This weekend, I went to visit my grandmother, a nurse who started training in 1949.
In her hallway, she has a picture of herself as a qualified nurse, in her full uniform. The hat, the cape, the pinny, the whole shebang! In fact, she even gave me the cap that was part of her ‘outdoors’ uniform.
Her uniform was inspected to ensure it met the highest standards of cleanliness and to check that it was neatly pressed, and her shoes had to be polished until they could only be described at gleaming. There’s also a picture of my mother in her student’s uniform, a white dress with yellow epaulettes, her hat in place and her silver buckle shining in the sun.
I look at these pictures, and I feel so envious. These nurses look so smart, so neat and so confident. In my uniform (which consists of bright purple scrubs), I feel I look scruffy and untidy, despite making sure that my uniform is always spotlessly clean and well ironed. Well, at the beginning of a shift anyway!
I’m training in Wales, and due to this, my uniform was chosen as part of the All-Wales uniform scheme. The scheme is a brilliant idea, as across the country you can look at any member of nursing staff and instantly know their role. Staff nurses are in sky blue, Sister’s are in Navy, Nursing Auxiliary’s in bottle green, and us, the students, in quite a violent shade of purple. There are posters across the hospital reminding visitors of the colour scheme. This idea, I believe, is dampened somewhat by the actual uniforms themselves. We wear baggy, unflattering scrubs.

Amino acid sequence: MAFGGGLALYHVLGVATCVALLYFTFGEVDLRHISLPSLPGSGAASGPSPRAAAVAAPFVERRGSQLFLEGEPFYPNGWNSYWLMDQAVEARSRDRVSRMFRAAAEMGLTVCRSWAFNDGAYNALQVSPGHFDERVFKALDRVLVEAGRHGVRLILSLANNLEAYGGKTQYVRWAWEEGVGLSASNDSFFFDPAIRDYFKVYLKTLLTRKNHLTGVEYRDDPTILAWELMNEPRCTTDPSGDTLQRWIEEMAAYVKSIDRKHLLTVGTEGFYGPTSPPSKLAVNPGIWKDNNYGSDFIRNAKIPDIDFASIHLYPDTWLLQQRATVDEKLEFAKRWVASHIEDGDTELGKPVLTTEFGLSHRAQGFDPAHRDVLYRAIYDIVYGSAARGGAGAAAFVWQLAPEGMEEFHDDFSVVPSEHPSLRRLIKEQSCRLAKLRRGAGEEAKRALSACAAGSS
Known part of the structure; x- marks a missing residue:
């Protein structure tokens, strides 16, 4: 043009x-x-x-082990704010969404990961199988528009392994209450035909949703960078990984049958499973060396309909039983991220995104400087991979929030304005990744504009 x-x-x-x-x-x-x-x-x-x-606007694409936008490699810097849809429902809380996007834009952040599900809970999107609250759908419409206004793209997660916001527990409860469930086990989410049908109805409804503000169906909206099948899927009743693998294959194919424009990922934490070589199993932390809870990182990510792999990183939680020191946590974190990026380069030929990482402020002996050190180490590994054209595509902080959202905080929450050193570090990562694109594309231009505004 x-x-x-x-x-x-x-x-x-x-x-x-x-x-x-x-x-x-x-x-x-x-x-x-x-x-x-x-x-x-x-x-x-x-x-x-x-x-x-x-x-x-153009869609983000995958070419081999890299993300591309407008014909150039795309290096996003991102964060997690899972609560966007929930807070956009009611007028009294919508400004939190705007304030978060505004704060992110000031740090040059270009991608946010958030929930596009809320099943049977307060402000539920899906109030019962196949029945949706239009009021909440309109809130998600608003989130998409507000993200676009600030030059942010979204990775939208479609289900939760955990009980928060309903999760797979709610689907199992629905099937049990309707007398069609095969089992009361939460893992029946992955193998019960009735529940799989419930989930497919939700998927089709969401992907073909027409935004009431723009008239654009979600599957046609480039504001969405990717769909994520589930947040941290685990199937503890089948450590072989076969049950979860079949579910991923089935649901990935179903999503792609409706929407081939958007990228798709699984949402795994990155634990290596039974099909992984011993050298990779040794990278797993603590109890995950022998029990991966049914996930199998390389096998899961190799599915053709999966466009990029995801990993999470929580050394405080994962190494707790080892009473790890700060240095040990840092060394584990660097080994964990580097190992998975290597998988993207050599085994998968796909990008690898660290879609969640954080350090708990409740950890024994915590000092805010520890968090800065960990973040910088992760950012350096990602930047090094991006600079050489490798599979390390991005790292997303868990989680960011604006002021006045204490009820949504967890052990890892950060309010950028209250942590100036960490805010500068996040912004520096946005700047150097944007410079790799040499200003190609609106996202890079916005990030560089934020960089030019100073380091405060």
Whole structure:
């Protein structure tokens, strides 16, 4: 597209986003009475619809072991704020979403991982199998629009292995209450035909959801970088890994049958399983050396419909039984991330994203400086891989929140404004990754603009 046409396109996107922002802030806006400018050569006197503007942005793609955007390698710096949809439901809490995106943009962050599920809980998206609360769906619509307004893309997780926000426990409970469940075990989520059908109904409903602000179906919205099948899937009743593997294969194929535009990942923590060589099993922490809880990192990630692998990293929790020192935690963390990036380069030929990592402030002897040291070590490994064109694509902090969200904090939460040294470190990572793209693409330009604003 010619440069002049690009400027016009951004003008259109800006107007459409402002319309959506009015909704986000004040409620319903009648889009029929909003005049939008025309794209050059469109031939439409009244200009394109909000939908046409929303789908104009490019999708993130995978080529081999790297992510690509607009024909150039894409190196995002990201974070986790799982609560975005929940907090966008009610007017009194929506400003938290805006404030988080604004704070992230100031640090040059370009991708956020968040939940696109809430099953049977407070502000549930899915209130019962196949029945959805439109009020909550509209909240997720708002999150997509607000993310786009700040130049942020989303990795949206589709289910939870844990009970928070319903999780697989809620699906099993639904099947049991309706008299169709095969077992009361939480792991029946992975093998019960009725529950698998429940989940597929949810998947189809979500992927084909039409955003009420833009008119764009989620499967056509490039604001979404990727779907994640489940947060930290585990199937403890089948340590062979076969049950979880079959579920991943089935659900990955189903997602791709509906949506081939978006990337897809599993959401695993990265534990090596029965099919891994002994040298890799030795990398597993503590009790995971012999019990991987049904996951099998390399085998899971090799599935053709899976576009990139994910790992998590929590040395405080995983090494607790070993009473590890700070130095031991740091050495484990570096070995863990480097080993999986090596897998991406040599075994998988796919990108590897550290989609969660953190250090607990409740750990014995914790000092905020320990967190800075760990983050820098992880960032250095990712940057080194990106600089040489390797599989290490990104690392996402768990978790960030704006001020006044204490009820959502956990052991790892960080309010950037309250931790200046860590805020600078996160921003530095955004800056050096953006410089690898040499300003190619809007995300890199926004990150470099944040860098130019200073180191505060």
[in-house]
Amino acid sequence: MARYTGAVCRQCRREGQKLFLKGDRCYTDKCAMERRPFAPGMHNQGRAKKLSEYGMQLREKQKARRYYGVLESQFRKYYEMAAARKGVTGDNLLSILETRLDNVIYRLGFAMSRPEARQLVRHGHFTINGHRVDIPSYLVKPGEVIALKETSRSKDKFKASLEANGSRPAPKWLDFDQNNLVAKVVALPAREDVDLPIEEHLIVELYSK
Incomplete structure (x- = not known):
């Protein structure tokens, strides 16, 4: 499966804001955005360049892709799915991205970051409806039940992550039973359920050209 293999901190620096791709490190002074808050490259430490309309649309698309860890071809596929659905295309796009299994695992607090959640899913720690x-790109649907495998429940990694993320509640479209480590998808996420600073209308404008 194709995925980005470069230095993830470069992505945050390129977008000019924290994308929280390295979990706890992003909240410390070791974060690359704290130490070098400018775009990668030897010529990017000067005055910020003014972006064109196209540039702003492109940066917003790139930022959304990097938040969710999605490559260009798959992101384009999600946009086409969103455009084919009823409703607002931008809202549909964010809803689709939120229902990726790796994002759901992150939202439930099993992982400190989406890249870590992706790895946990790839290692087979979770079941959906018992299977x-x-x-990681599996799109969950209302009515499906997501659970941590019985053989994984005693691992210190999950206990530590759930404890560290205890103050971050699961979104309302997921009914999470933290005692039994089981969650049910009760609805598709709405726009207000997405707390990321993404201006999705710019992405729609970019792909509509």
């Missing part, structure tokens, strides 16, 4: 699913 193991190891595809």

I understand that the point of a uniform is to serve a practical purpose, and as we nurses have very physical jobs, our uniform needs to reflect this. But the unfitted nature of the uniform top means that on members of staff with larger chests, their arms are restricted. The tops aren’t always long enough, and the waist-bands of the trousers aren’t always high enough, and I can leave you to imagine the sight left by that.
And the trousers are often tight in places they need to be loose, and visa versa. So practically speaking, no, these uniforms are not better. That’s without adding in the fact that many members of staff have reported severe skin reactions to the fabric, and have complained that the fabric is also far too thick, and leaves us sweltering hot on already warm wards, which is something I have discovered myself.
However, I can overlook all of this.
My main complaint about the move to ‘scrubs’ is how we look. With all the talk of nursing evolving, and being seen as a profession, why do we look less professional than we did 20/30 years ago? I genuinely feel like I’m wearing my pyjamas when I’m in my uniform. Is that what we want the image of nursing to be? Untidy baggy scrubs? Or a smart, yet practical, alternative? I know which one I would choose.
Sarah Jones is the adult branch student nurse editor for studentnursingtimes.net.